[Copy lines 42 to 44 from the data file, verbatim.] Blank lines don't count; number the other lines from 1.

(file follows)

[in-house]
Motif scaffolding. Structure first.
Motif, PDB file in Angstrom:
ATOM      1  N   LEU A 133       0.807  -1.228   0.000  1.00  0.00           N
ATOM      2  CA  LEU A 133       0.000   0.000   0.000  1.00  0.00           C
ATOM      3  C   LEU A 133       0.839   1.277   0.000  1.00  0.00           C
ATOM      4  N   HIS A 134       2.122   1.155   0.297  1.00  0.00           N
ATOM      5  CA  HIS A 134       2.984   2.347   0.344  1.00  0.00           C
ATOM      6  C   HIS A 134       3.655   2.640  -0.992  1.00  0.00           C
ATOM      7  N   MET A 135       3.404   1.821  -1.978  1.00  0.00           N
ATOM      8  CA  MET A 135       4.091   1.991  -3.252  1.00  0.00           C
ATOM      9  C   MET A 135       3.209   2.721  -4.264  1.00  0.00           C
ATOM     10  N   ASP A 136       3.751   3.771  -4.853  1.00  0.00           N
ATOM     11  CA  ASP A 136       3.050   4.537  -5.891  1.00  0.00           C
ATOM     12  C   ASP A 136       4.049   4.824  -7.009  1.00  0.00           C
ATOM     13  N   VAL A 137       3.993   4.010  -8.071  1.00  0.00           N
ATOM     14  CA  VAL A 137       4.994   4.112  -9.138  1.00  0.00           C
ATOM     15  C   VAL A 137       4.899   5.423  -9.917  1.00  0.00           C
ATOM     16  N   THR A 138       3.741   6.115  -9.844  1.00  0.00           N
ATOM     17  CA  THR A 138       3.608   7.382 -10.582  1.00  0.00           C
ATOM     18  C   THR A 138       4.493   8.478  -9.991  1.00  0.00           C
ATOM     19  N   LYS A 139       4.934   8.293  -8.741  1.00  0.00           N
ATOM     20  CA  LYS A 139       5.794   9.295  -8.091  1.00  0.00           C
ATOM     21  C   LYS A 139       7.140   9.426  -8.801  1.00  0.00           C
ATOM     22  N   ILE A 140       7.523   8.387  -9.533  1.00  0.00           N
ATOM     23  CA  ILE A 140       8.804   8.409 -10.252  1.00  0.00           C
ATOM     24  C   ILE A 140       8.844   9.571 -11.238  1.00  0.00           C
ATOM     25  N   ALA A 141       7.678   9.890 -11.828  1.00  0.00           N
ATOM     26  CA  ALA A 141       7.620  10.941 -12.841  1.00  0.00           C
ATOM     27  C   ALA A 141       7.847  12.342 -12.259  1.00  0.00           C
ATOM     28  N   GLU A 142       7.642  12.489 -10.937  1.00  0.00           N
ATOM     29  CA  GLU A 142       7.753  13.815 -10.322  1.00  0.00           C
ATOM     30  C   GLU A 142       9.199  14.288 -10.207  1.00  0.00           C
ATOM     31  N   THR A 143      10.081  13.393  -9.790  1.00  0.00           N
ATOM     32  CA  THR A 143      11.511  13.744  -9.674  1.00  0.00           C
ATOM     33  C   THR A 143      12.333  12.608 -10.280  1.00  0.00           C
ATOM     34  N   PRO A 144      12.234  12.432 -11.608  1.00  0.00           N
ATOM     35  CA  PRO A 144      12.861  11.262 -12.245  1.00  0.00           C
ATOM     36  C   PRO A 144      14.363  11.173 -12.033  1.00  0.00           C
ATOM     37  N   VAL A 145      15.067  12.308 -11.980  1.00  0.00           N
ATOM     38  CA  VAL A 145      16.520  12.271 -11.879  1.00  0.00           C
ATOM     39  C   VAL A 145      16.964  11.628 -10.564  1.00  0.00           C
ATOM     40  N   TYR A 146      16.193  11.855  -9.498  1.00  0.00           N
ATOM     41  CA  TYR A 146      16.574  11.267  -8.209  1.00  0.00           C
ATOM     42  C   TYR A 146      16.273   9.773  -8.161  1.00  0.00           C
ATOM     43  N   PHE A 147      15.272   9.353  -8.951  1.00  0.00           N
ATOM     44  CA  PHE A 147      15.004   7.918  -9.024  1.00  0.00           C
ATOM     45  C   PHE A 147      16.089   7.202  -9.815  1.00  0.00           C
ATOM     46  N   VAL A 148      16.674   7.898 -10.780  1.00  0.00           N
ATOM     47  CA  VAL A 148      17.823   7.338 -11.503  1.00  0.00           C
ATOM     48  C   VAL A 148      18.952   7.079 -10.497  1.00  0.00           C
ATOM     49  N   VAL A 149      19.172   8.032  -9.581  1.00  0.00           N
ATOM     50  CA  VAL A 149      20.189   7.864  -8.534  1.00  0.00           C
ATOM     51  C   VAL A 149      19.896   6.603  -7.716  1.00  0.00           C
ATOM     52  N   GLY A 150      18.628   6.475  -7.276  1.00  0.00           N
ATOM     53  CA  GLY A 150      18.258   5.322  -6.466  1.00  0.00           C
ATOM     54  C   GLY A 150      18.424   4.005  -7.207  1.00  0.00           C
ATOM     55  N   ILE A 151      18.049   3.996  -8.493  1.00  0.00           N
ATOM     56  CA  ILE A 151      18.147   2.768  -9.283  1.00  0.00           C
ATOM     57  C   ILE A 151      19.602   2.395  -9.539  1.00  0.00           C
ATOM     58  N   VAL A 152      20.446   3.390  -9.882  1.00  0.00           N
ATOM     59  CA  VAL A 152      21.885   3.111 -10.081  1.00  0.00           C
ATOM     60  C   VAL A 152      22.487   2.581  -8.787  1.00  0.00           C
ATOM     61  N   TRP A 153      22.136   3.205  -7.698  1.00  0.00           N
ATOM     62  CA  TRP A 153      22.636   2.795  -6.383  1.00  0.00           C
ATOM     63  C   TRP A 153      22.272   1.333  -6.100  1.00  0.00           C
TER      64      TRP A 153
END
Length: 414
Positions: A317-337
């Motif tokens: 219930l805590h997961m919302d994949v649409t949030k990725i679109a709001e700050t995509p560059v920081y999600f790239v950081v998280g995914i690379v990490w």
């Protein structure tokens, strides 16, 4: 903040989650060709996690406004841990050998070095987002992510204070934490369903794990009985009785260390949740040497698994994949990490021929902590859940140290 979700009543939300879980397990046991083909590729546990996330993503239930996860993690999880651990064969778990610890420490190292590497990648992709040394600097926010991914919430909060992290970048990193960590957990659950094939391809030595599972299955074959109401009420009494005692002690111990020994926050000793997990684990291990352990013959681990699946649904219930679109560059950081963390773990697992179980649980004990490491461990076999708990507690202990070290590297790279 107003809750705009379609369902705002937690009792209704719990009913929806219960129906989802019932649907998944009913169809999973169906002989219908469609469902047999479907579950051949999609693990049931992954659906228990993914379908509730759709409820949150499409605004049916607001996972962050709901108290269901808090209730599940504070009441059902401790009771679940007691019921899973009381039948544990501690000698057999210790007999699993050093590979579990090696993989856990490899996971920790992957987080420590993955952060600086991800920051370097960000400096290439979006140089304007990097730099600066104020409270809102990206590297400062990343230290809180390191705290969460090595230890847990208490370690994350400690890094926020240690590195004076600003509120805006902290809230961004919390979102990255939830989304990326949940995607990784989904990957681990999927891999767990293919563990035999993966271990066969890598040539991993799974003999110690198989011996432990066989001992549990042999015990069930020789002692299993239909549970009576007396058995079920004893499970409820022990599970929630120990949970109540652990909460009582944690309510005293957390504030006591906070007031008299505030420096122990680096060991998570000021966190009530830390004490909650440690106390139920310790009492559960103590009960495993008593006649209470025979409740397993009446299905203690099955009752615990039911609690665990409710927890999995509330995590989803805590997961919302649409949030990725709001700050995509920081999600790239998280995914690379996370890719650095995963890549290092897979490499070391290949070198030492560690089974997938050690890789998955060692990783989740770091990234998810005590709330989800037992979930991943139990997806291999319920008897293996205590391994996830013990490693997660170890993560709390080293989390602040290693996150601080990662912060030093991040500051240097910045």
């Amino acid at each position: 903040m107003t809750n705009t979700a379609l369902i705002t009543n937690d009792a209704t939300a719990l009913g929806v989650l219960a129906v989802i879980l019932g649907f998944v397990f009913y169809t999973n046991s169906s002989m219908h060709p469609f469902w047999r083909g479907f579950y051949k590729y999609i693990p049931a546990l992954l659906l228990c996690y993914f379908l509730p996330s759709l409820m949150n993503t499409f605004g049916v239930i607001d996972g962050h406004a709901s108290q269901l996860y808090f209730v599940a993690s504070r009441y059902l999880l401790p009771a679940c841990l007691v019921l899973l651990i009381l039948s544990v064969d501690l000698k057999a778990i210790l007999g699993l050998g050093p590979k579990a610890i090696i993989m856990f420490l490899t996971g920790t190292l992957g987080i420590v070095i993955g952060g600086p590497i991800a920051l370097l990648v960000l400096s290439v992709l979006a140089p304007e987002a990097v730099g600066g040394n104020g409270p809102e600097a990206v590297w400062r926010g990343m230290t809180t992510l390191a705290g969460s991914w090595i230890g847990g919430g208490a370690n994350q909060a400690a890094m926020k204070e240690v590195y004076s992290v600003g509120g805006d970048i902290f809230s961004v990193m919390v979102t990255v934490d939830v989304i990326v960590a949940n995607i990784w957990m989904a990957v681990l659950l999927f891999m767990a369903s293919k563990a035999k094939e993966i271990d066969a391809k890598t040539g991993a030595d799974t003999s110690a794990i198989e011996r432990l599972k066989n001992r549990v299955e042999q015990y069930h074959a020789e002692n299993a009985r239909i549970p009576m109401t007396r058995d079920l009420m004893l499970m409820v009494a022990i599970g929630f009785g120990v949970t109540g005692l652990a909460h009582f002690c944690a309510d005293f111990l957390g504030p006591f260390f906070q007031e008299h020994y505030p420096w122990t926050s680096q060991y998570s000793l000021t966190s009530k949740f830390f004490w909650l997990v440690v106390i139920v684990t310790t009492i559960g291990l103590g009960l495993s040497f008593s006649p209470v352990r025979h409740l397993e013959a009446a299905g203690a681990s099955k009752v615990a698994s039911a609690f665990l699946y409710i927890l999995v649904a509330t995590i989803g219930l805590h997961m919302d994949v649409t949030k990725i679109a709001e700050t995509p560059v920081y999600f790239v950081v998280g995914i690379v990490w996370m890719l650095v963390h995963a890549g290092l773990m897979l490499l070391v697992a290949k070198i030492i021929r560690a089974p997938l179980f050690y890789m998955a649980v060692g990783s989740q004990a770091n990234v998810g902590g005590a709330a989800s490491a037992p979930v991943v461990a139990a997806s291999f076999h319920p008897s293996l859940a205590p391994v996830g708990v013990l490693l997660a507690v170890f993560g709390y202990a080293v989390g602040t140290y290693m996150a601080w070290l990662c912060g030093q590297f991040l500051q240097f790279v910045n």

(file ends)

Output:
ATOM     39  C   VAL A 145      16.964  11.628 -10.564  1.00  0.00           C
ATOM     40  N   TYR A 146      16.193  11.855  -9.498  1.00  0.00           N
ATOM     41  CA  TYR A 146      16.574  11.267  -8.209  1.00  0.00           C